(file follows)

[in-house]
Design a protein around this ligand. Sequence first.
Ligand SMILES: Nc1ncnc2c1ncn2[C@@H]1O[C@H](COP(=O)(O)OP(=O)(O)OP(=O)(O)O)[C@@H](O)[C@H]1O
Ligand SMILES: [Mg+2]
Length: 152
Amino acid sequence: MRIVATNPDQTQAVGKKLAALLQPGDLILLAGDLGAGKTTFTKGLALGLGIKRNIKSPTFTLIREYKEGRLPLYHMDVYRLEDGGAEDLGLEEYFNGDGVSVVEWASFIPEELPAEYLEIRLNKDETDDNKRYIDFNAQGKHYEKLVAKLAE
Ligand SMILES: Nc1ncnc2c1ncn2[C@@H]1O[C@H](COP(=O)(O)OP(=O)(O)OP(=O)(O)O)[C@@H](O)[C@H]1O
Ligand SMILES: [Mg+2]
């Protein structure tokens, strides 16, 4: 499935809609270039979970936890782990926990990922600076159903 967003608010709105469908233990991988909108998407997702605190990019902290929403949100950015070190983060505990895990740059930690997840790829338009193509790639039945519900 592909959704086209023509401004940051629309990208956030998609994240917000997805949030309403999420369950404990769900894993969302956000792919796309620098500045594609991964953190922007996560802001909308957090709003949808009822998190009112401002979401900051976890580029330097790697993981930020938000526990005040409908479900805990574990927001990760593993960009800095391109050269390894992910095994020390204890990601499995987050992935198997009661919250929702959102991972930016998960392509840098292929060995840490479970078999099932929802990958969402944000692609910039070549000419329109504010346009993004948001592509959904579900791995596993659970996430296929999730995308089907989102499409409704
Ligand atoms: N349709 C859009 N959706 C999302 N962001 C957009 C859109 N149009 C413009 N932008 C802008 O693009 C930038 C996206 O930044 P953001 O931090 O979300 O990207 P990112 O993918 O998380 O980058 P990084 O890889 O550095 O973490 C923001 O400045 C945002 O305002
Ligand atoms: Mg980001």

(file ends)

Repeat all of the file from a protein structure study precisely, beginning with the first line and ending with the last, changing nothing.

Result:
[in-house]
Design a protein around this ligand. Sequence first.
Ligand SMILES: Nc1ncnc2c1ncn2[C@@H]1O[C@H](COP(=O)(O)OP(=O)(O)OP(=O)(O)O)[C@@H](O)[C@H]1O
Ligand SMILES: [Mg+2]
Length: 152
Amino acid sequence: MRIVATNPDQTQAVGKKLAALLQPGDLILLAGDLGAGKTTFTKGLALGLGIKRNIKSPTFTLIREYKEGRLPLYHMDVYRLEDGGAEDLGLEEYFNGDGVSVVEWASFIPEELPAEYLEIRLNKDETDDNKRYIDFNAQGKHYEKLVAKLAE
Ligand SMILES: Nc1ncnc2c1ncn2[C@@H]1O[C@H](COP(=O)(O)OP(=O)(O)OP(=O)(O)O)[C@@H](O)[C@H]1O
Ligand SMILES: [Mg+2]
């Protein structure tokens, strides 16, 4: 499935809609270039979970936890782990926990990922600076159903 967003608010709105469908233990991988909108998407997702605190990019902290929403949100950015070190983060505990895990740059930690997840790829338009193509790639039945519900 592909959704086209023509401004940051629309990208956030998609994240917000997805949030309403999420369950404990769900894993969302956000792919796309620098500045594609991964953190922007996560802001909308957090709003949808009822998190009112401002979401900051976890580029330097790697993981930020938000526990005040409908479900805990574990927001990760593993960009800095391109050269390894992910095994020390204890990601499995987050992935198997009661919250929702959102991972930016998960392509840098292929060995840490479970078999099932929802990958969402944000692609910039070549000419329109504010346009993004948001592509959904579900791995596993659970996430296929999730995308089907989102499409409704
Ligand atoms: N349709 C859009 N959706 C999302 N962001 C957009 C859109 N149009 C413009 N932008 C802008 O693009 C930038 C996206 O930044 P953001 O931090 O979300 O990207 P990112 O993918 O998380 O980058 P990084 O890889 O550095 O973490 C923001 O400045 C945002 O305002
Ligand atoms: Mg980001």